Done over in The Moral Maze
I was the second witness in the debate. The invitation had come the previous afternoon and I had been quite excited. The young researcher who rang me said that the producer might speak to me later to explain the objectives of the programme. That never happened.
And so, 15 minutes before the programme, I was sitting uneasily in the corridor outside the studio, making conversation with the other three witnesses. The first one was another retired headteacher, a natural for the programme because of his clear point of view. He "knew" standards were going down because the pass rate was going up, and any examination with a pass rate of 87 per cent was a "disgrace".
Michael Buerk came out into the corridor to speak to us for a few moments. He said that the programme was like a dinner party without the dinner. Not like anything I have attended, it wasn't.
The programme began and Sunshine was gestured in to the studio. The rest of us listened as it was broadcast into the corridor. Sunshine appeared to enjoy himself hugely, recounting how badly the candidates had done in the scripts he had marked in classical civilisation this summer - he told tales of bad spelling and of solecisms. The Moral Maze team tutted in sympathy and shock. As a knock-down argument demonstrating that standards could never go up, he quoted his own registers from his last ten years of teaching, where the students never did any better. No one challenged him. He wound up by remarking that he never misspelt himself because he had been "cuffed" for it in primary school. The team chuckled its approval. Meanwhile, I was being gestured in.
No one has thought to label the team, so I eyeballed one, calling him Dr Starkey, and it was the wrong one. This did not seem to please, because these people are celebs. There are no gentle introductions. Witnesses are allotted six minutes, which is a long time in radio terms. I stumbled through, saying nothing that I intended and allowing a wrong international comparison to go unchallenged. Then I was gestured away. On the escalator in Oxford Circus underground I pondered the accuracy of the French expression l'esprit de l'escalier, which means "the wit of the staircase" and refers to the wonderful phrases you think of after an interview.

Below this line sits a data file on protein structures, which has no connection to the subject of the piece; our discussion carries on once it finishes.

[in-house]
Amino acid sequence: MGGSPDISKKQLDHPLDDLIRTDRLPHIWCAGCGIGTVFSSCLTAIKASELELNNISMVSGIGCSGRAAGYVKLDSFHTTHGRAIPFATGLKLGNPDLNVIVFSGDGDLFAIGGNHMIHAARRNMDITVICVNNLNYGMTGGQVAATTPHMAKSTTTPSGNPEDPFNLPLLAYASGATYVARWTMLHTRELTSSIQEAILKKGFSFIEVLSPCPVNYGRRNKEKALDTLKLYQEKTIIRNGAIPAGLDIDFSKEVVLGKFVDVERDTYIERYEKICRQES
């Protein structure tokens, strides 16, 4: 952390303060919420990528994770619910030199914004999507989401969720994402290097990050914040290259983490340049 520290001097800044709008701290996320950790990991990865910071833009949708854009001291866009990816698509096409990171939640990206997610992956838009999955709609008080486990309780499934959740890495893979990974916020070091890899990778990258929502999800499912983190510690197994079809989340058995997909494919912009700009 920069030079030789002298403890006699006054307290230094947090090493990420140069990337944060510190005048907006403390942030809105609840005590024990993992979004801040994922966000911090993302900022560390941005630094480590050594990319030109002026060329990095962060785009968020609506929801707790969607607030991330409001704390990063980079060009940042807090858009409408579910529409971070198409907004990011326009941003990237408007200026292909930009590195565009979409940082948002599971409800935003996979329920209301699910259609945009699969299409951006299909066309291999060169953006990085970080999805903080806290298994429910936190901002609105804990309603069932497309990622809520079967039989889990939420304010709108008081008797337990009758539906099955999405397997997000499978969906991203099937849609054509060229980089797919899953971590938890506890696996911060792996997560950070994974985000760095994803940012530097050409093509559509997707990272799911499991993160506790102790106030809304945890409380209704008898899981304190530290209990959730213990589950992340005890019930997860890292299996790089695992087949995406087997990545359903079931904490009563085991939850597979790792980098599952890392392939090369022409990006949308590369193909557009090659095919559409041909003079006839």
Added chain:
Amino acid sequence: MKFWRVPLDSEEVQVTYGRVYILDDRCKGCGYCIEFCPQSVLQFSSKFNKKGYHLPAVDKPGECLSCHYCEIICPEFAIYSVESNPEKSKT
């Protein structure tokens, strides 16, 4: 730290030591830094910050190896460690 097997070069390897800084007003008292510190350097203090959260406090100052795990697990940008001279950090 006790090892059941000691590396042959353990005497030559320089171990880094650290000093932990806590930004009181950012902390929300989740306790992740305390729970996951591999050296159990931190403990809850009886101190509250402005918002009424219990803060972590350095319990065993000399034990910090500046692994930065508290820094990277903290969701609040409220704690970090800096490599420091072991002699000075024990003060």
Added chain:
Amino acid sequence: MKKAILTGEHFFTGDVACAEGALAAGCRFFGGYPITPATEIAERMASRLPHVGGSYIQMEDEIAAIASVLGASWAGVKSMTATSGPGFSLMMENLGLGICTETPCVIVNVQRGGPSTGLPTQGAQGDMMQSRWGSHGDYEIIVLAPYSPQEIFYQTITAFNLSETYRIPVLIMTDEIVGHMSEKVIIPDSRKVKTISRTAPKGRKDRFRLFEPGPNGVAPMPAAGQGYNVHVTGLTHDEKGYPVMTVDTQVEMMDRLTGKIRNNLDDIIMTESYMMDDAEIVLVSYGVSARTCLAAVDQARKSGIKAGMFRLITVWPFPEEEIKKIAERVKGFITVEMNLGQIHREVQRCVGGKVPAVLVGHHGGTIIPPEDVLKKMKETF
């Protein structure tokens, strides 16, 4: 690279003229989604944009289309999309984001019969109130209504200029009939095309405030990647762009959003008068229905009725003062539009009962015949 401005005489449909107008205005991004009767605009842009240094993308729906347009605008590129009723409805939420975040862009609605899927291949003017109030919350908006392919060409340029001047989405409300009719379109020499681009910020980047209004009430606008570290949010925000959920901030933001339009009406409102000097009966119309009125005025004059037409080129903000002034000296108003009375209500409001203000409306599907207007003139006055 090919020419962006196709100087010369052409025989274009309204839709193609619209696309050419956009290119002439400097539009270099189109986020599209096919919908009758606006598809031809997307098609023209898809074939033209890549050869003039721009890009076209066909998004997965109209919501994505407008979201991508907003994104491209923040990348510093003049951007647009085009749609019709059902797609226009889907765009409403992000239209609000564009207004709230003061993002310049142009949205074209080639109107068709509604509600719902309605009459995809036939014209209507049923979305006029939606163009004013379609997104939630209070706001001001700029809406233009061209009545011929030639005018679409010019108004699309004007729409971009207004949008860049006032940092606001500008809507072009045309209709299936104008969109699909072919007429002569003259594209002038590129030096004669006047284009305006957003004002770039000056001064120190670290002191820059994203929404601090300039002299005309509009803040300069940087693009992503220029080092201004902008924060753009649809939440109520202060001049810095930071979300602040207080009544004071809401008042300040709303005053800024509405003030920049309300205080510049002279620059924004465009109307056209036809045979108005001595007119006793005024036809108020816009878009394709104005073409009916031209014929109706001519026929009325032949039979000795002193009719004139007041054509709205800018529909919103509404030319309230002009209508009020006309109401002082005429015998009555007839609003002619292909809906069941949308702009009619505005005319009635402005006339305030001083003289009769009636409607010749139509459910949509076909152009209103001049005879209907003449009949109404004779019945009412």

The experience demonstrated to me how special are the skills of broadcasters, and how well people like Sunshine will always do. It was disillusioning to see that the team's fluency was supported by full notes, almost scripts. But more importantly it illustrated at what a poor level the debate about examination standards is still being conducted. There has been a full official report on standards in A-level over the past 20 years, which shows that the examinations have changed a great deal but have not dropped in standard. The report is largely ignored, because it does not say what people want it to say. There is room for much discussion about the nature of the changes, but that does not make for good soundbites.
I taught in a privileged school which was not at all typical. But that does not make my experience completely irrelevant - we were subject to the same pressures as everyone else. If our grades went up, the school was congratulated in the press, with the implication that the staff had done a good job in preparing the students. Like many people I contend that the narrowness of the three A-level system gives scope for students to be trained carefully over a limited range of skills and therefore be coached to success. The exams have not gone soft, but we have all been under pressure to refine our techniques for defeating the examiners.
The debate on the future of A-levels has been opened again, surely this time to reach some conclusion. If it is to be conducted without prejudice, teachers will need to explain to the public some of the myths about the benefits of the "Gold Standard" and the fallacies of the breadth versus depth debate.
Joan Clanchy is a former headmistress of the North London Collegiate School